Home Crochet baby clothesBuild a hole camera yourself - instructions and application

Build a hole camera yourself - instructions and application

  • Construction manual for a pinhole camera
  • Function of the pinhole camera
  • Using the pinhole camera with photo paper

The history of photography is exciting - a self-made pinhole camera can give you insights into the world and the emergence of photography as we know it today. A camera obscura, a pinhole camera can be tinkered even as fast as lightning. In this tutorial we show you how to build a pinhole camera and how it works. You will also learn how to shoot photos with the pinhole camera and then develop them. Learn about the beginnings of photography and create a Camera Obscura with your children. Have fun!

Already Aristotle recognized the physics of optical images during a solar eclipse - sitting under a tree, he noticed the pictures of the sun's sickle on the ground. These were created by the numerous gaps in the leaves, which, like the pinhole camera, allowed only a few rays of light to pass through.

This manual explains how to build a pinhole camera and how to use it as a projector or for shooting photos.

Construction manual for a pinhole camera

A pinhole camera you tinker quickly with a few materials - the cost of the camera is low, if you already have a shoe box lying around at home. If you would like to take pictures with the pinhole camera, you will need photo paper. This and the special chemicals for the development are then more expensive.

But now follows first the construction manual for the pinhole camera.

You need:

  • shoebox
  • needle
  • aluminum foil
  • black acrylic paint and brush
  • Transparent paper or photo paper
  • duct tape
  • Cuttermesser

Step 1: Set the lid of the box aside. First, cut a rectangle into one of the two smaller side surfaces of the shoebox with the craft knife. This should have a size of about 8 cm x 5 cm.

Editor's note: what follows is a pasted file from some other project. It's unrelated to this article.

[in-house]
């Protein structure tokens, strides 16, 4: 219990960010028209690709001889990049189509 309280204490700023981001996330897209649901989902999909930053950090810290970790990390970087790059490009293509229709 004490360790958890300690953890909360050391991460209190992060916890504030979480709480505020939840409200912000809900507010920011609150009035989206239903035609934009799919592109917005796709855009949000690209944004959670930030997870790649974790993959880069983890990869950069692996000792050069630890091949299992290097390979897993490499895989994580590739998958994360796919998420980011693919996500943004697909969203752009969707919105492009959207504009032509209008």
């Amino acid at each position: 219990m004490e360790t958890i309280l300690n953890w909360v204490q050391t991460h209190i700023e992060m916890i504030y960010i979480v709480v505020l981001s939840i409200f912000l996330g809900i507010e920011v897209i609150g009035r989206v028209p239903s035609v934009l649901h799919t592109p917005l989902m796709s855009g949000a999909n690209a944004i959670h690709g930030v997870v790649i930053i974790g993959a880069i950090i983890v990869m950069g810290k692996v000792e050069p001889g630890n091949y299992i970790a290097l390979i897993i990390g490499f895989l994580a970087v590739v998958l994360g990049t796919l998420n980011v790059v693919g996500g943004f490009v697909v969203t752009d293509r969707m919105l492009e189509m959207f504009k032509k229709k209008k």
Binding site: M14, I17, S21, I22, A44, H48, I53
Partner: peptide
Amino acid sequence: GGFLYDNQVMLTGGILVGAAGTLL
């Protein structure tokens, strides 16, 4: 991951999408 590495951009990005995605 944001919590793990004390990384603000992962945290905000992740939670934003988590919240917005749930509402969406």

Step 2: Tape a larger piece of aluminum foil over the cut-out window in step 1 above.

Note: Be very careful - the aluminum foil should not be damaged and have a hole.

Step 3: Now apply the carton. With the exception of a 1 cm wide edge, cut out the other small side surface of the box with the cutter.

Step 4: Now paint the entire inside surface of the box with black acrylic paint or paint. So there can be no unwanted reflections. Also paint the inside of the lid in black.

Step 5: When the paint has dried, parchment paper is attached to the still open side with the adhesive tape. To do this, cut out a rectangle in the size of the side surface and stick the edges with adhesive tape.

Step 6: Then close the shoe box with the lid. So that nothing can slip and not a single beam of light can get into the boxes, also attach it to the edges with adhesive tape.

Step 7: Finally, pierce with a needle a small, round hole in the middle of the aluminum foil.

It's so easy to build a pinhole camera out of a shoebox.

A pinhole camera can serve as a projector and thus become an exciting toy. The parchment surface serves as a canvas and shows you an upside down motif.

To do this, place an illuminated or self-illuminating object, for example a candle, in the camera's focus. If the windows are well darkened and all other light sources are off, you will see the candle light upside down on the translucent paper.

Would you like to watch and observe a solar eclipse "> Function of the pinhole camera

How does a pinhole camera work and what can you do with it? The physics of the pinhole camera is based on the ray model of light. Thus, every object, whether a light source or a simple, illuminated object, emits light rays in all directions. The small hole in the camera bundles these many rays of light - it leaves only a few and not all through. For this reason, photographic paper in the camera can only discolor where the light hits it. This ray path looks like this:

Bundling creates an image of the object on the parchment or photo paper, which is upside down. The larger the distance between the photo paper and the hole in the aluminum foil, the larger the image on the paper becomes. This is described in photography as image width. A small hole produces a sharp image, whereas a larger hole requires more exposure time - as is the case with the conventional aperture of a camera.